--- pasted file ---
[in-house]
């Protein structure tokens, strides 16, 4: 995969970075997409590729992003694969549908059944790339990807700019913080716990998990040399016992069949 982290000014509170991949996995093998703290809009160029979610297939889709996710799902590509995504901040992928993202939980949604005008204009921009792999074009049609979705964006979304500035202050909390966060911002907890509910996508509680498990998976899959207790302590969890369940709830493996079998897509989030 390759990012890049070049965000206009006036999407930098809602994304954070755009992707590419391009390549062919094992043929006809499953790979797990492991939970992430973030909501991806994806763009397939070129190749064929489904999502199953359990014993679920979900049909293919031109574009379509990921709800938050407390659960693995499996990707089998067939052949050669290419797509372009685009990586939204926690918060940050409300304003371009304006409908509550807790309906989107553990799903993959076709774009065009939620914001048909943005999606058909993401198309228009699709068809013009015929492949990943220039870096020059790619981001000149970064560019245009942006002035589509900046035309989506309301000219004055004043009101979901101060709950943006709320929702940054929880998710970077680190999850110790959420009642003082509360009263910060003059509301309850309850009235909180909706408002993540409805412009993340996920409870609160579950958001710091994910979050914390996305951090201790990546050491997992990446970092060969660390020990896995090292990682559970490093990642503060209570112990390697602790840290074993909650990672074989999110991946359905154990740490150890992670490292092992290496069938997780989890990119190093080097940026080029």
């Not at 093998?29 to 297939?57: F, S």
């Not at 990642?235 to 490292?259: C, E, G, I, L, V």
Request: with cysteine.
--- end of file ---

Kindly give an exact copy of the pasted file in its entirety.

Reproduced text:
[in-house]
């Protein structure tokens, strides 16, 4: 995969970075997409590729992003694969549908059944790339990807700019913080716990998990040399016992069949 982290000014509170991949996995093998703290809009160029979610297939889709996710799902590509995504901040992928993202939980949604005008204009921009792999074009049609979705964006979304500035202050909390966060911002907890509910996508509680498990998976899959207790302590969890369940709830493996079998897509989030 390759990012890049070049965000206009006036999407930098809602994304954070755009992707590419391009390549062919094992043929006809499953790979797990492991939970992430973030909501991806994806763009397939070129190749064929489904999502199953359990014993679920979900049909293919031109574009379509990921709800938050407390659960693995499996990707089998067939052949050669290419797509372009685009990586939204926690918060940050409300304003371009304006409908509550807790309906989107553990799903993959076709774009065009939620914001048909943005999606058909993401198309228009699709068809013009015929492949990943220039870096020059790619981001000149970064560019245009942006002035589509900046035309989506309301000219004055004043009101979901101060709950943006709320929702940054929880998710970077680190999850110790959420009642003082509360009263910060003059509301309850309850009235909180909706408002993540409805412009993340996920409870609160579950958001710091994910979050914390996305951090201790990546050491997992990446970092060969660390020990896995090292990682559970490093990642503060209570112990390697602790840290074993909650990672074989999110991946359905154990740490150890992670490292092992290496069938997780989890990119190093080097940026080029």
């Not at 093998?29 to 297939?57: F, S």
């Not at 990642?235 to 490292?259: C, E, G, I, L, V």
Request: with cysteine.